Virginia Woolf said, “a woman must have money and a room of her own if she’s to write fiction.” I’d say one needs an income and peace and quiet to write anything creative.
But do we scribblers also need Masters of Fine Arts in Writing degrees? Do they give writers an edge?
I was struck to see that nearly a third of the contributors to the nourishing anthology, Why We Write, held MFAs. The book’s subtitle is 20 Acclaimed Authors Discuss How They Do What They Do. How some of them do it is with the help of an MFA.
Granted, Isabel Allende has no college education. Super-successful mystery writer Sue Grafton has the same undergraduate degree that I have: a BA in English Literature. No MFA for either of us. But her father was a writer. That doesn’t guarantee talent, but at least growing up she was exposed to writing as a viable career. So maybe writers need money, a room, an MFA, or parental example.
Last spring, when MFA graduating students at a university near my home read from their work, my husband and I attended the event. Through their program, these writers had gotten the technical know-how that they could weave through or pile atop their natural talent and persistence. (It’s easier to persist with an instructor or mentor at your back, guiding you so that your fragile craft of a story doesn’t zigzag hopelessly on the vast ocean of literary traps.)
In the darkened auditorium, I listened longingly to these students who’d achieved the kind of writing it had taken me pretty much my entire adult life to cobble together on my own.
Those of us without MFAs must put in the necessary autodidactic decades of practice to figure out the techniques by ourselves, or as in my case, with the help of undergraduate and intermittent, but valuable, community based writing courses.
Curious to know if an MFA would have been helpful to my career, I checked the actual courses that comprise the degree.
Rutgers University MFA Program Courses
• Personal Essay . . . Techniques for writing autobiographical prose and memoir; strategies for transforming personal material. (This is my genre. Boy, could I have used this help!)
• Suspense . . . No matter what the genre, literature relies on certain techniques to manipulate reader interest. This course will examine how authors build suspense and maintain it throughout a narrative. (Don’t all writers need this?)
• Memoir . . . This course looks at both recently published and classic memoirs to determine what makes memoir exciting, intriguing, and universally relevant. (Maybe my two memoirs wouldn’t have needed so much rewriting had I written them after taking such a course.)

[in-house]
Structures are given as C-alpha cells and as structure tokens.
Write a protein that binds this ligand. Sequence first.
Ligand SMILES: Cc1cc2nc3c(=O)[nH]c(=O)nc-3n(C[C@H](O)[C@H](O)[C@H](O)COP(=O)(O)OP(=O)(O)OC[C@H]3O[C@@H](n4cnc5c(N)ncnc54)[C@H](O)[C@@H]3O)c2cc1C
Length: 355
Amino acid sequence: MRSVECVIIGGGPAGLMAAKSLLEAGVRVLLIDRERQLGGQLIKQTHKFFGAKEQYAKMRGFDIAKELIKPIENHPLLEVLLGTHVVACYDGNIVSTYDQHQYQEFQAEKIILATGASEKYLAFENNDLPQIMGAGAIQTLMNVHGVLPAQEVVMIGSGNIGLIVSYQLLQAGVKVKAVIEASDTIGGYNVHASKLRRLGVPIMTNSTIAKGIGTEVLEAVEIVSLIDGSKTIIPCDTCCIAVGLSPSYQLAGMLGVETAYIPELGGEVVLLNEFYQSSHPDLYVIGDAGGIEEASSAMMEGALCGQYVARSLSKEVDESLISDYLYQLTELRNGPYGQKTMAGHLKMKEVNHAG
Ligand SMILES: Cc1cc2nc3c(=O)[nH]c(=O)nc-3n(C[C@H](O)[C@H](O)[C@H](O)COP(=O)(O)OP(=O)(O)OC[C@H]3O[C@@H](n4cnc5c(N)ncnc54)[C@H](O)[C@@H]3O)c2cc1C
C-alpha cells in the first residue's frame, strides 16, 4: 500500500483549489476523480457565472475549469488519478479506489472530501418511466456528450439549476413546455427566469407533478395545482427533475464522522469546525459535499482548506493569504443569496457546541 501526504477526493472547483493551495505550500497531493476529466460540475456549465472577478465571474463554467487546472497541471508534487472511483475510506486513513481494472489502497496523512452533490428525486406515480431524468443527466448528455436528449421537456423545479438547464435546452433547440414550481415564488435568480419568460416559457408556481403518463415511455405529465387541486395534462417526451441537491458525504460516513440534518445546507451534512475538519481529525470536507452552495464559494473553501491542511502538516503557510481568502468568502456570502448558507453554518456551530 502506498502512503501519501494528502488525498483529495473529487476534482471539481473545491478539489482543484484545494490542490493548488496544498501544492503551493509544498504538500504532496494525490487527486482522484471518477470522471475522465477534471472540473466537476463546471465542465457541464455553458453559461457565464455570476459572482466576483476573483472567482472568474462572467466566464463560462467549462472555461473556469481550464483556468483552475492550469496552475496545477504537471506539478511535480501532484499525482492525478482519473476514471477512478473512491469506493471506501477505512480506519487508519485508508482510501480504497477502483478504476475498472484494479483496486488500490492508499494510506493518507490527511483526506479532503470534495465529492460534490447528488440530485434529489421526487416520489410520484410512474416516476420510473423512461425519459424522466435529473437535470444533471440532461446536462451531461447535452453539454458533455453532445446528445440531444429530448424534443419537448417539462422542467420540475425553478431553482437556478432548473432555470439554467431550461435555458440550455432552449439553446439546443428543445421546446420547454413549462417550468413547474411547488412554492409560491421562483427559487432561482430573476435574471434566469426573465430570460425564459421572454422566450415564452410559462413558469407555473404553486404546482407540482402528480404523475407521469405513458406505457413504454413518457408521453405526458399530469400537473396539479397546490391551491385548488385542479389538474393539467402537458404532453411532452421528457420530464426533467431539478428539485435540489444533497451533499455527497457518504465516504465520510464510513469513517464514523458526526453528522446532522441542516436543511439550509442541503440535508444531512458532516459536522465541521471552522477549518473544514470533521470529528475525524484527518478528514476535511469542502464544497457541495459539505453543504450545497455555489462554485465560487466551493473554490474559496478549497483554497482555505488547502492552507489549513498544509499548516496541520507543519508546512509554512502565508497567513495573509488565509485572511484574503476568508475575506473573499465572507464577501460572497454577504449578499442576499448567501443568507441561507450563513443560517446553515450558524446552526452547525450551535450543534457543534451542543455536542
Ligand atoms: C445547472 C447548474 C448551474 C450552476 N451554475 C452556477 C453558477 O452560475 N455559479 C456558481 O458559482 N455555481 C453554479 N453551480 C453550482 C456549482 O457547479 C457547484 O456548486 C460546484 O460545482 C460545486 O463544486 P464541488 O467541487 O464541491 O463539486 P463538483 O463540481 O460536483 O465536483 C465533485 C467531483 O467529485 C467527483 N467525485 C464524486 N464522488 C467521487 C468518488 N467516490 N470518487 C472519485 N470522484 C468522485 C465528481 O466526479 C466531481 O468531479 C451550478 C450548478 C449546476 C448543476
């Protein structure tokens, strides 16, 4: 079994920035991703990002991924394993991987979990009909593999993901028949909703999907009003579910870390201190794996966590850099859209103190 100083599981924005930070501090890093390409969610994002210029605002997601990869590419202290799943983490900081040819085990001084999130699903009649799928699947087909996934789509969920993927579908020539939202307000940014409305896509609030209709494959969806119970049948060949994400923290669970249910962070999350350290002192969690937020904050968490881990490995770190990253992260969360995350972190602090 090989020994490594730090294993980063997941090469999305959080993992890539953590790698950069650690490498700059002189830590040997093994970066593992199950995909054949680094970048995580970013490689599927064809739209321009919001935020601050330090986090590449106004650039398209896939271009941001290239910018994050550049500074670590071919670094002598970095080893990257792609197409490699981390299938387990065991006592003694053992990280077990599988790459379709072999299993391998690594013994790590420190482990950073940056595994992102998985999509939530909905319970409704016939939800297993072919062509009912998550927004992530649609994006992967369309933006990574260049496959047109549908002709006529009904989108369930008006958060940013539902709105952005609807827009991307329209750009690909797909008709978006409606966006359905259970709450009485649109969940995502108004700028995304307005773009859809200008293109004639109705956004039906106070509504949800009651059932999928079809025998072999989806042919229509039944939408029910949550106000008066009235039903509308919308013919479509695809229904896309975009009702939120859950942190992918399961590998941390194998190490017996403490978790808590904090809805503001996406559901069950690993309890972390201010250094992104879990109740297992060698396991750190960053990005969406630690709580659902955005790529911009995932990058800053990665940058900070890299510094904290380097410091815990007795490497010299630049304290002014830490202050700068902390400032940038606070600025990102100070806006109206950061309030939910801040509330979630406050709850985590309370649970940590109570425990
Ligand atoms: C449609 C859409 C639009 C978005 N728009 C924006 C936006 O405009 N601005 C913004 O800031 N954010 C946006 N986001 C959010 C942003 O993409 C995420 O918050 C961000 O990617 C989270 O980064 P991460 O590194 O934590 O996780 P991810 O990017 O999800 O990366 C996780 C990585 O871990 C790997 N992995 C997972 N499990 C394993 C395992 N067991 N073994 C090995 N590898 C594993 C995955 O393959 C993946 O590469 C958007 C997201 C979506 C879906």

• Truth and Lies: Autobiographical Fiction and Fictional Autobiography . . . A look at the controversy about “telling the truth” in memoir, and the complexities of using autobiographical material in fiction. (Half of all self-taught memoir writers probably have nightmares featuring libel suit court appearances.)
Each student also takes a “closely supervised sustained project in nonfiction and other genres.” (Here’s where the writer’s shepherded away from the literary shoals.)
Writing really well can be grindingly difficult for both grad-school trained and self-taught writers, but I suspect the former don’t flounder as much as the latter. They lose less time giving serious consideration to ideas that later emerge as ridiculous. “Leave out every third word of my narrative? Why not?”
As each MFA student stood at the spotlighted lectern last spring, I imagined them starting with that itch to express that all writers know. After they wrote their story, poem, essay or memoir, they knew they wouldn’t be exposed before an audience, naked and vulnerable. An expert had helped them polish their pieces, and taught them when to follow convention and when to boldly flout it, would have made suggestions and conferred their imprimatur, giving the student writer a sense of their work’s quality, its readiness.
When I was young, I considered my writing perfect and was terrified a graduate writing program might alter my flawless prose. So, I developed the habit of working through writing problems with help from books and listening to interviews with authors broadcast on radio or TV.
Perhaps there’s some unique value in hardscrabble success, though I’m not sure what it is. I got my writing done, have had much of it published, even won some accolades. But, it would have all come easier and, I suspect, sooner had I an MFA.